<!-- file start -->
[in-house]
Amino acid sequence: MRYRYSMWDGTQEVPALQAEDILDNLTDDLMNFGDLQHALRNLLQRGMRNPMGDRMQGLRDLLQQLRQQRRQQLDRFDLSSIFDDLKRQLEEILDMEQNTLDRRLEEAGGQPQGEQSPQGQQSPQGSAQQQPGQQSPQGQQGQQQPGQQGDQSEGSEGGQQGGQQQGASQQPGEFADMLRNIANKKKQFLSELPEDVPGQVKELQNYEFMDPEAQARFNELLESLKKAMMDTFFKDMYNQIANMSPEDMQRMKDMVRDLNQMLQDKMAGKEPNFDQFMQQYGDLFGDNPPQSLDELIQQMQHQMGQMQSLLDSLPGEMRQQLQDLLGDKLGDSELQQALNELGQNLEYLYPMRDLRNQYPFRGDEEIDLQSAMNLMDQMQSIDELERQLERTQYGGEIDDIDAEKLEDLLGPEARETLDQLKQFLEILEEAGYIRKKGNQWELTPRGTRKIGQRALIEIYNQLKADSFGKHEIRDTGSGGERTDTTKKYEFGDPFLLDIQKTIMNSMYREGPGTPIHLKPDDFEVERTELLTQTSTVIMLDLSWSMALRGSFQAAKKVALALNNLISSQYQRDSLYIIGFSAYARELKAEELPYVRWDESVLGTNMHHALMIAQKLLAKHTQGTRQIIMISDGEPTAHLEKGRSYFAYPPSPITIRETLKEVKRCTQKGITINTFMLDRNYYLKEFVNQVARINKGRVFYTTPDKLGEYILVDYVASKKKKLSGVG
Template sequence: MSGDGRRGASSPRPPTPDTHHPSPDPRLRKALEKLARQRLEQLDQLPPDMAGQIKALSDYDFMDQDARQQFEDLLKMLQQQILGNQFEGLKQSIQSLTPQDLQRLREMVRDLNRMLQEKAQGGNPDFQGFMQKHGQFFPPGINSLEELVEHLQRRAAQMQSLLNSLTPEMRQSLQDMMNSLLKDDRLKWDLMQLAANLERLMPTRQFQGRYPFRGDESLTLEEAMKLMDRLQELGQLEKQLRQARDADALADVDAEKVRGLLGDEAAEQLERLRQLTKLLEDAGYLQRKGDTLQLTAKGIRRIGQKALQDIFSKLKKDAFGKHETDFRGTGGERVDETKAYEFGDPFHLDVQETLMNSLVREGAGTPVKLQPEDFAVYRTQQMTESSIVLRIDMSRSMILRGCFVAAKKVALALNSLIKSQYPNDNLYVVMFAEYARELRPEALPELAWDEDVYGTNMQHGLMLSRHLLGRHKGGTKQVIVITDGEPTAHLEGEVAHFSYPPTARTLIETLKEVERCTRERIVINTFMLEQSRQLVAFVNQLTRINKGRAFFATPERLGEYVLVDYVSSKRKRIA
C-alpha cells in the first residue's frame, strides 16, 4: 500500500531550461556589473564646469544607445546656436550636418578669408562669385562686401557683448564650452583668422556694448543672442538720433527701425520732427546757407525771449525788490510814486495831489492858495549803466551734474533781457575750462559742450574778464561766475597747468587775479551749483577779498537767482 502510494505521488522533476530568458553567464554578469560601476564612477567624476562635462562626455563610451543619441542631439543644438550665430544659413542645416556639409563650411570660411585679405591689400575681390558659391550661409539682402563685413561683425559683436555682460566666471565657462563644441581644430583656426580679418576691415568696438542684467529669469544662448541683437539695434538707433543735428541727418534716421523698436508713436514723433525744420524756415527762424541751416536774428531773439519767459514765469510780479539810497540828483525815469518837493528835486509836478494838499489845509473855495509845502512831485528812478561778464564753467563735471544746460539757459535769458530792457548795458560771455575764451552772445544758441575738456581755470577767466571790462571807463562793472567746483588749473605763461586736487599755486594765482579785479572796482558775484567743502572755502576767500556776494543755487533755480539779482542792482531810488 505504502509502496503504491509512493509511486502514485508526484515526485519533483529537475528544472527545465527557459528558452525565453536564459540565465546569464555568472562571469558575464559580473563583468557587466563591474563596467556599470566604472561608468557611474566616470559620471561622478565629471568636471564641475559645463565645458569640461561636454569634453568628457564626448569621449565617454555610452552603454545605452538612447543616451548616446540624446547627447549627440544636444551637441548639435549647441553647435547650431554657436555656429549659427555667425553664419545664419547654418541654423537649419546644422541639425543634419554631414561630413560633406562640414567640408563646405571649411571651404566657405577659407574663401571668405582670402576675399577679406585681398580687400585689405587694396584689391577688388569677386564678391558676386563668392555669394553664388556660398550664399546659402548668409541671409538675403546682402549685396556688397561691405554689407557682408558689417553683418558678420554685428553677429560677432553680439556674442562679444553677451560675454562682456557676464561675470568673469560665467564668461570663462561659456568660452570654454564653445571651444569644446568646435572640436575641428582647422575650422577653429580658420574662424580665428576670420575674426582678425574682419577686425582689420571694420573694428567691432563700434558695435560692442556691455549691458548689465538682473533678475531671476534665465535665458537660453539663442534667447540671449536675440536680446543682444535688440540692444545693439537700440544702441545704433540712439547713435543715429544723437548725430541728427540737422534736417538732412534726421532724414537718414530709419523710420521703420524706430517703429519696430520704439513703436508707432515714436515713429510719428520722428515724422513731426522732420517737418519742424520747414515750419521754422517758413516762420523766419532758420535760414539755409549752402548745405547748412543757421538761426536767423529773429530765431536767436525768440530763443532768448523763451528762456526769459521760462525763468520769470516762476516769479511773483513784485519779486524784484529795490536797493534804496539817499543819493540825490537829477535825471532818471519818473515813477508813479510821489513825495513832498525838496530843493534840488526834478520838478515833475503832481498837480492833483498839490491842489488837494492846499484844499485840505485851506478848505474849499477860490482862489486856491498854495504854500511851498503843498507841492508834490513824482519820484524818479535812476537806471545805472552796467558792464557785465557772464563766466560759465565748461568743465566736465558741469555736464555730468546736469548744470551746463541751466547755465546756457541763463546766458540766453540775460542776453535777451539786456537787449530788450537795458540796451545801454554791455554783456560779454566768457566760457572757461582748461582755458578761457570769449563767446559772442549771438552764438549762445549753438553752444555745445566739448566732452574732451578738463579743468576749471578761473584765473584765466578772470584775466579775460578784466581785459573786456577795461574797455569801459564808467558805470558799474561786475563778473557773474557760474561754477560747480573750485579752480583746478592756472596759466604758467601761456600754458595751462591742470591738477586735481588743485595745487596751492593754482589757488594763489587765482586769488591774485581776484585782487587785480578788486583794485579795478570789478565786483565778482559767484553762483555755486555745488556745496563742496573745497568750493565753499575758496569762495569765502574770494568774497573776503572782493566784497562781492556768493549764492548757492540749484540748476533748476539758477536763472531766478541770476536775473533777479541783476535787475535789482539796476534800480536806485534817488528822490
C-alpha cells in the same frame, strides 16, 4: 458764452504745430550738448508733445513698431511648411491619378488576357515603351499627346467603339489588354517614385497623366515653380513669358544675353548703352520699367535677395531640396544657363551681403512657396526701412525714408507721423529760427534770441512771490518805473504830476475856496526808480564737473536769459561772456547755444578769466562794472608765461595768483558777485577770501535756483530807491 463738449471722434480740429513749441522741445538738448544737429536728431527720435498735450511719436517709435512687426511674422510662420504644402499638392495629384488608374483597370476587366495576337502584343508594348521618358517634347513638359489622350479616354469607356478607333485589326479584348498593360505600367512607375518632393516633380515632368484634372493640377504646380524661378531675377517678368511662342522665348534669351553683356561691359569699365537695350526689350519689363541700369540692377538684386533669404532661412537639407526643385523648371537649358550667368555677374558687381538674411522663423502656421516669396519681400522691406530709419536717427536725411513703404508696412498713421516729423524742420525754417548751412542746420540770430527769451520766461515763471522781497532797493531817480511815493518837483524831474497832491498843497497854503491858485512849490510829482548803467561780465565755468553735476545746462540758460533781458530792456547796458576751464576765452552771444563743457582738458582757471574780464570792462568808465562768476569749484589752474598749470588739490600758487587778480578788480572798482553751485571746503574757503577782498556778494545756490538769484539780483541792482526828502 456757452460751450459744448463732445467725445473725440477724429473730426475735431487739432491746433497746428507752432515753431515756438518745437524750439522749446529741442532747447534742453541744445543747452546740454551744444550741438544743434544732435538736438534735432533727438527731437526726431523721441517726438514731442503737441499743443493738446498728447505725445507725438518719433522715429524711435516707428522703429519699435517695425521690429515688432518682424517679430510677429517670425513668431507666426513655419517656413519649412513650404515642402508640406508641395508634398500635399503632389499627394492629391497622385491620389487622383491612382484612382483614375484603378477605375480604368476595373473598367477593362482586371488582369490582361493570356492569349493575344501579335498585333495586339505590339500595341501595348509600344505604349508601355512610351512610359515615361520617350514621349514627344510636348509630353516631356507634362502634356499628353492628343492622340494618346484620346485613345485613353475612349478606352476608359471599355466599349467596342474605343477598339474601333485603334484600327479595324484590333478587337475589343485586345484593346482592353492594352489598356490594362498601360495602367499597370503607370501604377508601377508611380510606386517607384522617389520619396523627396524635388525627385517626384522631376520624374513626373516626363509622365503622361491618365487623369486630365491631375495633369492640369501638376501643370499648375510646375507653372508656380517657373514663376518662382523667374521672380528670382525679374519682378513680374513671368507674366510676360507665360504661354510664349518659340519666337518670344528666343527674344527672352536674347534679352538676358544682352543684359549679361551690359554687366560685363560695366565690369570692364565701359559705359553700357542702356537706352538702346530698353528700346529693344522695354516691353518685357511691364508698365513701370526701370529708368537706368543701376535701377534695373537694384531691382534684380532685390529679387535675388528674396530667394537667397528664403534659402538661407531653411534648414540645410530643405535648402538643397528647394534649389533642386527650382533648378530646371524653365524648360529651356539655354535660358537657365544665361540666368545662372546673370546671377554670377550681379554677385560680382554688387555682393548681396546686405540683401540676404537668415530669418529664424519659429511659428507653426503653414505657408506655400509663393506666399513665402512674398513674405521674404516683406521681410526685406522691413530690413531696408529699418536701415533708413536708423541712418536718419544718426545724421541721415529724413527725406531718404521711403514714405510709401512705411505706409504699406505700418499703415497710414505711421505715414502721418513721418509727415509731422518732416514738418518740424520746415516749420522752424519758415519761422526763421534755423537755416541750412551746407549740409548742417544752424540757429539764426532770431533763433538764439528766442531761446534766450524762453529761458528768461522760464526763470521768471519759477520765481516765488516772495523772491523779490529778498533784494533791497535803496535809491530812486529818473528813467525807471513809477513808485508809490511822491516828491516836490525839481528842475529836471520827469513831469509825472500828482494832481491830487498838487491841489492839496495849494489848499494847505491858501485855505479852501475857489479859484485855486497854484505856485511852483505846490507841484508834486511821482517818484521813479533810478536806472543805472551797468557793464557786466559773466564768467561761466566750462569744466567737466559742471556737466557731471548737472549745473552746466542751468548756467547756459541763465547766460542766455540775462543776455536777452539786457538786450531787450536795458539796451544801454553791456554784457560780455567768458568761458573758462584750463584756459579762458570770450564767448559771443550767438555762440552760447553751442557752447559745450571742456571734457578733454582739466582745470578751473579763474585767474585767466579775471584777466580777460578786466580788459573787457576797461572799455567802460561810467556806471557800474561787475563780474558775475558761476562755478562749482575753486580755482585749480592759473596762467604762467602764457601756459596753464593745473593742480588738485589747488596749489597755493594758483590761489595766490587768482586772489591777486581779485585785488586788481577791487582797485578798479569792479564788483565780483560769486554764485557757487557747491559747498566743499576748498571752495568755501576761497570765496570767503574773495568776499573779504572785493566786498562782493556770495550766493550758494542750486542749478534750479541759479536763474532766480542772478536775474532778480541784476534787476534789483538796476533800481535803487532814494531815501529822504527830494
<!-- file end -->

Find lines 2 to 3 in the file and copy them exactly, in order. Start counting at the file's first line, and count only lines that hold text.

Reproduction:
Amino acid sequence: MRYRYSMWDGTQEVPALQAEDILDNLTDDLMNFGDLQHALRNLLQRGMRNPMGDRMQGLRDLLQQLRQQRRQQLDRFDLSSIFDDLKRQLEEILDMEQNTLDRRLEEAGGQPQGEQSPQGQQSPQGSAQQQPGQQSPQGQQGQQQPGQQGDQSEGSEGGQQGGQQQGASQQPGEFADMLRNIANKKKQFLSELPEDVPGQVKELQNYEFMDPEAQARFNELLESLKKAMMDTFFKDMYNQIANMSPEDMQRMKDMVRDLNQMLQDKMAGKEPNFDQFMQQYGDLFGDNPPQSLDELIQQMQHQMGQMQSLLDSLPGEMRQQLQDLLGDKLGDSELQQALNELGQNLEYLYPMRDLRNQYPFRGDEEIDLQSAMNLMDQMQSIDELERQLERTQYGGEIDDIDAEKLEDLLGPEARETLDQLKQFLEILEEAGYIRKKGNQWELTPRGTRKIGQRALIEIYNQLKADSFGKHEIRDTGSGGERTDTTKKYEFGDPFLLDIQKTIMNSMYREGPGTPIHLKPDDFEVERTELLTQTSTVIMLDLSWSMALRGSFQAAKKVALALNNLISSQYQRDSLYIIGFSAYARELKAEELPYVRWDESVLGTNMHHALMIAQKLLAKHTQGTRQIIMISDGEPTAHLEKGRSYFAYPPSPITIRETLKEVKRCTQKGITINTFMLDRNYYLKEFVNQVARINKGRVFYTTPDKLGEYILVDYVASKKKKLSGVG
Template sequence: MSGDGRRGASSPRPPTPDTHHPSPDPRLRKALEKLARQRLEQLDQLPPDMAGQIKALSDYDFMDQDARQQFEDLLKMLQQQILGNQFEGLKQSIQSLTPQDLQRLREMVRDLNRMLQEKAQGGNPDFQGFMQKHGQFFPPGINSLEELVEHLQRRAAQMQSLLNSLTPEMRQSLQDMMNSLLKDDRLKWDLMQLAANLERLMPTRQFQGRYPFRGDESLTLEEAMKLMDRLQELGQLEKQLRQARDADALADVDAEKVRGLLGDEAAEQLERLRQLTKLLEDAGYLQRKGDTLQLTAKGIRRIGQKALQDIFSKLKKDAFGKHETDFRGTGGERVDETKAYEFGDPFHLDVQETLMNSLVREGAGTPVKLQPEDFAVYRTQQMTESSIVLRIDMSRSMILRGCFVAAKKVALALNSLIKSQYPNDNLYVVMFAEYARELRPEALPELAWDEDVYGTNMQHGLMLSRHLLGRHKGGTKQVIVITDGEPTAHLEGEVAHFSYPPTARTLIETLKEVERCTRERIVINTFMLEQSRQLVAFVNQLTRINKGRAFFATPERLGEYVLVDYVSSKRKRIA